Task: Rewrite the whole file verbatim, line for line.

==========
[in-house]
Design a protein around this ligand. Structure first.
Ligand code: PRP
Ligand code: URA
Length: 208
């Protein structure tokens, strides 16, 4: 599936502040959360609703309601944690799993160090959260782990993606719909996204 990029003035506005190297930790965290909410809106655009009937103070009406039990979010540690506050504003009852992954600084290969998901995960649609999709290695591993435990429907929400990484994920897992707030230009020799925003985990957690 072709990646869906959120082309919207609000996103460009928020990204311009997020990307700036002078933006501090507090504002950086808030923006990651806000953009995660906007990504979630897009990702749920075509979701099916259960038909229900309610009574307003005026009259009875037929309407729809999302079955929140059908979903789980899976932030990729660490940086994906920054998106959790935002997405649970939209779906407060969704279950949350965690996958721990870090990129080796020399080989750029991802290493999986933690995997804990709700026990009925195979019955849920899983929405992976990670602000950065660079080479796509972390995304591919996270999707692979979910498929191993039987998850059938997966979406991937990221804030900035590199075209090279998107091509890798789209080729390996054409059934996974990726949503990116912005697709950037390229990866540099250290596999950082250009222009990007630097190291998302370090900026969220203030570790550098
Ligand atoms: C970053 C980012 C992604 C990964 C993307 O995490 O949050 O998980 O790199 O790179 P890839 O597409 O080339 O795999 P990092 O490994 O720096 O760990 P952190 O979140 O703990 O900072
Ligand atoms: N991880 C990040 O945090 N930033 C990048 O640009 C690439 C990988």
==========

[in-house]
Design a protein around this ligand. Structure first.
Ligand code: PRP
Ligand code: URA
Length: 208
């Protein structure tokens, strides 16, 4: 599936502040959360609703309601944690799993160090959260782990993606719909996204 990029003035506005190297930790965290909410809106655009009937103070009406039990979010540690506050504003009852992954600084290969998901995960649609999709290695591993435990429907929400990484994920897992707030230009020799925003985990957690 072709990646869906959120082309919207609000996103460009928020990204311009997020990307700036002078933006501090507090504002950086808030923006990651806000953009995660906007990504979630897009990702749920075509979701099916259960038909229900309610009574307003005026009259009875037929309407729809999302079955929140059908979903789980899976932030990729660490940086994906920054998106959790935002997405649970939209779906407060969704279950949350965690996958721990870090990129080796020399080989750029991802290493999986933690995997804990709700026990009925195979019955849920899983929405992976990670602000950065660079080479796509972390995304591919996270999707692979979910498929191993039987998850059938997966979406991937990221804030900035590199075209090279998107091509890798789209080729390996054409059934996974990726949503990116912005697709950037390229990866540099250290596999950082250009222009990007630097190291998302370090900026969220203030570790550098
Ligand atoms: C970053 C980012 C992604 C990964 C993307 O995490 O949050 O998980 O790199 O790179 P890839 O597409 O080339 O795999 P990092 O490994 O720096 O760990 P952190 O979140 O703990 O900072
Ligand atoms: N991880 C990040 O945090 N930033 C990048 O640009 C690439 C990988």